Dodgy Dave Cameron, with apologies to J. F. Kennedy.

Solar  & Related Update.

With events happening fast in the development of solar power and graphene, I’ve added this new section. Updates as they get reported. Is converting sunlight to usable cheap AC or DC energy mankind’s future from the 21st century onwards? DC? A quantum computer next?

Gibraltar's landmark wave power station opens for business

Chris Wood May 26, 2016
Gizmag was in Gibraltar today at the ribbon cutting event for Eco Wave Power's (EWP) innovative wave energy station, installed on the ammunition jetty in the tiny-yet-iconic British territory. The event itself was brief, but its significance could be huge, marking a big moment for both Gibraltar, and a company with promising green energy tech, and big plans.

We've been following the Israel-based company's progress for years. First tested back in 2012, in a tank at Ukraine's Institute for Hydromechanics in Kiev, the solution captures energy by harnessing the rise and fall of the waves. The motion is converted into fluid pressure, which then spins a generator to produce electricity.

It's been a long road since then, with the team ticking off numerous tests – including stress testing storm trials in the Black Sea, and the creation of a demo station in Jaffa Port, Israel – to evaluate and improve the technology. Today marks a major achievement for the company, inaugurating a landmark power station, installed on Gibraltar's World War II ammunition jetty. The system is Europe's first grid-connected wave energy plant.
To get to the jetty, we took a short drive down the east coast of the territory, before walking down a dimly-lit, lengthy passage that took us underneath the iconic, limestone mass of the Rock of Gibraltar. Stepping out into the golden sunshine some five minutes later, the first thing that struck us about the buoy system is that it fitted in surprisingly well with its picturesque surroundings.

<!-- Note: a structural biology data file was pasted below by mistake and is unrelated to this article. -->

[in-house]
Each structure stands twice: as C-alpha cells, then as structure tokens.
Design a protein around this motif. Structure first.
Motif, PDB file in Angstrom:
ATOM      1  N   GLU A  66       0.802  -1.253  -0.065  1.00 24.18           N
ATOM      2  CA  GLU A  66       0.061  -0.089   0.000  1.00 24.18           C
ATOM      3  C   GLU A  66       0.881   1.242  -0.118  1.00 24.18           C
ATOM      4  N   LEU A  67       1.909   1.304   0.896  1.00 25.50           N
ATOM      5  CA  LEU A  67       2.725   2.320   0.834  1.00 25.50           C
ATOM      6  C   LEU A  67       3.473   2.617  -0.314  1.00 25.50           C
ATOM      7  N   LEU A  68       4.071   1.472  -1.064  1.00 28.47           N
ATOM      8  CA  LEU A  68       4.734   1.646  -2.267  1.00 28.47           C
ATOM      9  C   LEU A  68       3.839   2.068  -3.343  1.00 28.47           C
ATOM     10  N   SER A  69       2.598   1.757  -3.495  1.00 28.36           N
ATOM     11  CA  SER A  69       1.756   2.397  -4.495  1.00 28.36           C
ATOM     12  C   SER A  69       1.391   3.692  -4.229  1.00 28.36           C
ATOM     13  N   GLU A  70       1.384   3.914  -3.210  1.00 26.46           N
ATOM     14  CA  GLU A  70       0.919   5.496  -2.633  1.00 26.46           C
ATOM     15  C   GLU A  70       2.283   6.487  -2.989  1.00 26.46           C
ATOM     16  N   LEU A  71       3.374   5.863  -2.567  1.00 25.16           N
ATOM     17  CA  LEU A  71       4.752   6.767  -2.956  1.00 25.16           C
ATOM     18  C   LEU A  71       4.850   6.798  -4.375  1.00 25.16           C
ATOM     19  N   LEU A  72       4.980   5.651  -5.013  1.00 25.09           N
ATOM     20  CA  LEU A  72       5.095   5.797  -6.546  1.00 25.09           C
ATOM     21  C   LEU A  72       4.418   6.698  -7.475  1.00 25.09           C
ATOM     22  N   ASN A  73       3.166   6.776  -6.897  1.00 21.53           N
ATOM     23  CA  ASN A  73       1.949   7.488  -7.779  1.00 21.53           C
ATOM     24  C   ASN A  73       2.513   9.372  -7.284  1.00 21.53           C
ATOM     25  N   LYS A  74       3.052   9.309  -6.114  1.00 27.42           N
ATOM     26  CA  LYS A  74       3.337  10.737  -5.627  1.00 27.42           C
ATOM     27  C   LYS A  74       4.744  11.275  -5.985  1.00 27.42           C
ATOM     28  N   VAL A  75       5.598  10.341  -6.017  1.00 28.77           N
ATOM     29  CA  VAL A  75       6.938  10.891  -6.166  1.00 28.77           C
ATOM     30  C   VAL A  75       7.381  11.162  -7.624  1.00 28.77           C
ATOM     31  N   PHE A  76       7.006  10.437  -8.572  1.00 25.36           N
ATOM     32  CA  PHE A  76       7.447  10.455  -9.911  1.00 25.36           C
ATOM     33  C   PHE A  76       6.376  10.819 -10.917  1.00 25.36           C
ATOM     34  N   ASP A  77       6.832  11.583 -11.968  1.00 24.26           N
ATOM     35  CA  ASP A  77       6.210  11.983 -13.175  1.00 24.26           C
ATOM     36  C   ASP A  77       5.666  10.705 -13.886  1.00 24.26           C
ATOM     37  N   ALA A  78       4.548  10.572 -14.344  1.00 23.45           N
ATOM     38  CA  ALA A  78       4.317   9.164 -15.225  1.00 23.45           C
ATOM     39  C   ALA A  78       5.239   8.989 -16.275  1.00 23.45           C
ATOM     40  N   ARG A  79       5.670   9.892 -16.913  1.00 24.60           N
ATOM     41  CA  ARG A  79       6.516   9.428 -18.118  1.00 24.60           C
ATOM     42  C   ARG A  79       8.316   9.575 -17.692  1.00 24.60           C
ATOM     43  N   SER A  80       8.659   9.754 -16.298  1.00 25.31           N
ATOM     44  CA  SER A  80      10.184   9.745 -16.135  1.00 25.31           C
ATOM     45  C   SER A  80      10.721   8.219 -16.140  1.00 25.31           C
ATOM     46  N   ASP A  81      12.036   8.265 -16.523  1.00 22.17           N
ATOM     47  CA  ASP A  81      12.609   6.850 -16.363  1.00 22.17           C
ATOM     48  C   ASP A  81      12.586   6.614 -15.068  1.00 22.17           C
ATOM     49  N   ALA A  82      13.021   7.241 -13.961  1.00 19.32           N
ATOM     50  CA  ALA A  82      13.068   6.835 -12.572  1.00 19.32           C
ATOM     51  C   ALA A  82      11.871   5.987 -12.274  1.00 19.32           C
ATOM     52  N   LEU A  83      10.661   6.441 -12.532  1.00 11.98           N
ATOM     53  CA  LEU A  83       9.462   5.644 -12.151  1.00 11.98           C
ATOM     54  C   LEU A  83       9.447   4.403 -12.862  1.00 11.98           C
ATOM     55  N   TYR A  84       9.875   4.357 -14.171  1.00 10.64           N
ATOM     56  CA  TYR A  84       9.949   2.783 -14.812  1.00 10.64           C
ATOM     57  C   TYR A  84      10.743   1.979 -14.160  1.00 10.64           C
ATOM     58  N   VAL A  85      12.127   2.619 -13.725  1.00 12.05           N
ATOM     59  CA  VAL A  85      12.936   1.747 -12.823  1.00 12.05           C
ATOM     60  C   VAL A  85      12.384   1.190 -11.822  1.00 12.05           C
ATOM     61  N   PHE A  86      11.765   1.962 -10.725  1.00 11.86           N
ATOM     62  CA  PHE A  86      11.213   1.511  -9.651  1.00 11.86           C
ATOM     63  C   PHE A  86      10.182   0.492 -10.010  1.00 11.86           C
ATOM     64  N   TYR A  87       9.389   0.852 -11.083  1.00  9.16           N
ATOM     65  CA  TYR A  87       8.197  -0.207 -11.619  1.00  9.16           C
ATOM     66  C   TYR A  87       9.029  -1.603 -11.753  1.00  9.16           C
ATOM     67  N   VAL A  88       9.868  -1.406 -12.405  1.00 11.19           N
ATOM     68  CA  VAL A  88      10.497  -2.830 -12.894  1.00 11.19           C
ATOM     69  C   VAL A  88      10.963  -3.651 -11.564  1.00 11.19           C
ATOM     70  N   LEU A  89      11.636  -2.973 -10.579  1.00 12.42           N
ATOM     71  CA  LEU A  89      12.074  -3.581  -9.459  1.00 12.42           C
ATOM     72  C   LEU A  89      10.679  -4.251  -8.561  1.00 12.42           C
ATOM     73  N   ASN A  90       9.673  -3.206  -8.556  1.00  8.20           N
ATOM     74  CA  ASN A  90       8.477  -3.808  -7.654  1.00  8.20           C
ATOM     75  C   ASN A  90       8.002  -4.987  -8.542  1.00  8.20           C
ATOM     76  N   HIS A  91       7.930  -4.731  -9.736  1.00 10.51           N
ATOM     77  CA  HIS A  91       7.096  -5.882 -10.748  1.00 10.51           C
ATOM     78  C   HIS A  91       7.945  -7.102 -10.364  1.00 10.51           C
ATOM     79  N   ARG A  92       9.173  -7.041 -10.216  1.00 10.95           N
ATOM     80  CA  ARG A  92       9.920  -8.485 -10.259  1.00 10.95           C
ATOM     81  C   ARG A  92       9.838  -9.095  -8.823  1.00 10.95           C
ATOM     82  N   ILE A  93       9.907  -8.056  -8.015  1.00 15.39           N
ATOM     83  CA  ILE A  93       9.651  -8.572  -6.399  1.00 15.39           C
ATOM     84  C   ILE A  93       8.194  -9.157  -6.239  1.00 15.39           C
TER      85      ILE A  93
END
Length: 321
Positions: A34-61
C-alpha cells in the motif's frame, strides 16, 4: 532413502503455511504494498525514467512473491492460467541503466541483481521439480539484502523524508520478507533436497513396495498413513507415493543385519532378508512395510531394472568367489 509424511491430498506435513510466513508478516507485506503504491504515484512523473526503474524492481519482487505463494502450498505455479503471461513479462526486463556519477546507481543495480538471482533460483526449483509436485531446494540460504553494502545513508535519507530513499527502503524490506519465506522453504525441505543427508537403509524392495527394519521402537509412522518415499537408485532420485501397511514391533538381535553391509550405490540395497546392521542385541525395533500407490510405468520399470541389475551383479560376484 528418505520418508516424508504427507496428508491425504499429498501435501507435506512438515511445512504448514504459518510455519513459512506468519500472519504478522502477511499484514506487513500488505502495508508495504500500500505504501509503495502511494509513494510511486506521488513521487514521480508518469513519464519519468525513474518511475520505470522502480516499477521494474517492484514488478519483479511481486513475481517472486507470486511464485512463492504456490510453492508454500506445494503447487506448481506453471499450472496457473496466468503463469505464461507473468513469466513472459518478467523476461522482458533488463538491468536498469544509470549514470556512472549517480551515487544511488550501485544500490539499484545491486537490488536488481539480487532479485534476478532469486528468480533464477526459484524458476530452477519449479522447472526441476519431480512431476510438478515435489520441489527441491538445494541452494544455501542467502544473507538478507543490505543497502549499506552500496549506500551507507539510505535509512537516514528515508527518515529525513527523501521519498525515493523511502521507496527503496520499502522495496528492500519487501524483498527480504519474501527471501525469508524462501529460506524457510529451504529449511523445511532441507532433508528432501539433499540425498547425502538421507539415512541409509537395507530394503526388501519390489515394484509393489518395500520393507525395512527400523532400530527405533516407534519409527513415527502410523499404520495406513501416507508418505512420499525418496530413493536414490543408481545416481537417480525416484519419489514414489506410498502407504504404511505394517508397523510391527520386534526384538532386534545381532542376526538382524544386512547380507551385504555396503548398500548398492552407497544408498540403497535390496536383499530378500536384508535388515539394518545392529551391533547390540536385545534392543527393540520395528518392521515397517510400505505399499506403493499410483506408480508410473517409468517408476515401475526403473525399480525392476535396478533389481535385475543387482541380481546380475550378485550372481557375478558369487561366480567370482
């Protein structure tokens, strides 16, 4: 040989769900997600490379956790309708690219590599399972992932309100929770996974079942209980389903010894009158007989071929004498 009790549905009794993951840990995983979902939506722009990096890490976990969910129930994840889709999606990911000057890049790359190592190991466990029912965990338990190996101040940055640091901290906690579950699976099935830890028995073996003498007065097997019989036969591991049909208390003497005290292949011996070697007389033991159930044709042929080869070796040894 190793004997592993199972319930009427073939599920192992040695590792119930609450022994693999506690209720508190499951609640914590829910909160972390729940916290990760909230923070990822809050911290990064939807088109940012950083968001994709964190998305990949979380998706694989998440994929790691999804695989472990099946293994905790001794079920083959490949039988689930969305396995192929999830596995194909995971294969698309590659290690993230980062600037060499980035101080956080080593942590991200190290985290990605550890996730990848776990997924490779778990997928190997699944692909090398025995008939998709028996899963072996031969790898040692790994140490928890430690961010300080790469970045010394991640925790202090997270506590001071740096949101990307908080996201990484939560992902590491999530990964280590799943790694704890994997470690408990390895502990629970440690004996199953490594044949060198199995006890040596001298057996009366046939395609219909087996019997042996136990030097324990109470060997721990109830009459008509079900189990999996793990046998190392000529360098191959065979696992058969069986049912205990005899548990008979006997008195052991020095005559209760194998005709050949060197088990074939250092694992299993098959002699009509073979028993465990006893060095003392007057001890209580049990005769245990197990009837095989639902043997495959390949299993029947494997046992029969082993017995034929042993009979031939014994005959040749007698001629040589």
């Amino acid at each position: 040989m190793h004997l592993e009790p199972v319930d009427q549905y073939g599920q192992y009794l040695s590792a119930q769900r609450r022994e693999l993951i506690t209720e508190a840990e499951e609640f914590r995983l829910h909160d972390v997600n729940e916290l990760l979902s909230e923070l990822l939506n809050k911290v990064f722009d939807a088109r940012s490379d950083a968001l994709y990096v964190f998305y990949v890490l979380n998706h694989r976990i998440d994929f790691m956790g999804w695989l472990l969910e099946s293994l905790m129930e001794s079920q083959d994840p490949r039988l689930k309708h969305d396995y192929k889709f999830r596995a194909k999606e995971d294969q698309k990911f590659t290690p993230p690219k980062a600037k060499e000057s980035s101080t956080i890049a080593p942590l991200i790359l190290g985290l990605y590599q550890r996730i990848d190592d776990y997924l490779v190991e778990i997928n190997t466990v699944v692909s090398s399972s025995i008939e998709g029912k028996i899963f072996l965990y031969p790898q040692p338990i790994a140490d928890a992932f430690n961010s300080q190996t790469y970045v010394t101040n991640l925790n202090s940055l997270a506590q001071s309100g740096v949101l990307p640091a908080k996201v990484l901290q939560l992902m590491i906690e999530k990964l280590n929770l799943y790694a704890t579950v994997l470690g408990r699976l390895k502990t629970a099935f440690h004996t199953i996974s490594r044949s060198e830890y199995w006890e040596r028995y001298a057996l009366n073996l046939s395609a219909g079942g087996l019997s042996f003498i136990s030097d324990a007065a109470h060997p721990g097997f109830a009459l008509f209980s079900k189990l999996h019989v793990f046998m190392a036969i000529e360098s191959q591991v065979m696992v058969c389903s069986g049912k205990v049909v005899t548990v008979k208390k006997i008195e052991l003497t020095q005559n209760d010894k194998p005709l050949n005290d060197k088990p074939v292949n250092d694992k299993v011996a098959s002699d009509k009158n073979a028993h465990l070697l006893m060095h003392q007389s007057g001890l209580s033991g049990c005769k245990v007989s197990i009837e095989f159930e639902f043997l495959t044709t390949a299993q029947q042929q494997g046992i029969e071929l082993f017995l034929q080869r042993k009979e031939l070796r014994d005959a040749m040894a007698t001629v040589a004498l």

That could well be one of the biggest advantages of EWP's solution here – the visual impact of the station is low, thanks in part to its use of the historic jetty, and the buoys themselves aren't unattractive. If future sites are similarly well placed, then protests from locals about the buoys "ruining the view" – a routine complaint about off shore wind farms – should be minimal.
The ribbon cutting event itself was brief, with Gibraltar's Prime Minister Fabian Picardo saying a few words about the significance of the occasion, before hitting the button that sent the buoys crashing down into the calm waters below.
Despite the slow bobbing motion of the floats during today's demo, EWP claims that the station efficiently gathers energy year round, from tranquil waters to less beach-friendly weather. It's only in the stormiest conditions that the system has to cease operations, being lifted back up from the waves to avoid damage.
Stepping back into the darkness of the tunnel, we took a look at the rest of the equipment that completes the green energy set up. Inside a shipping container to the side of the tunnel are the guts and brains of the station. A mass of hydraulic accumulators, pipes and generators – the entire system is controlled via a touch-screen interface.
According to EWP's on-site engineers, the station is designed to be largely automated, running with as little input as possible. Full manual control is available however, with the interface allowing engineers to complete required actions, such as raising the buoys out of the water. If you're not a big fan of touch controls, then you'll be happy to learn that there's also a big, reassuringly bright red "emergency stop" button on the opposite side of the enclosure.
Placing all equipment but the buoys themselves out and away from the water makes maintenance a breeze, and minimizes the chance of polluting the surrounding water should the equipment break down. For the buoys themselves, the company has employed anti-corrosion measures it claims will protect the metal for some 30 years before an overhaul is needed.
The power station is currently capable of producing 100 KW, but the team plans to increase the amount of energy being generated, up to a 5 MW target by 2020. At that point, the station will be producing an impressive 15 percent of the territory's energy needs.

The monthly Coppock Indicators finished April

DJIA: 17773.64-19 Down. NASDAQ:  4775.36 +11 Down. SP500: 2065.30 -21 Down.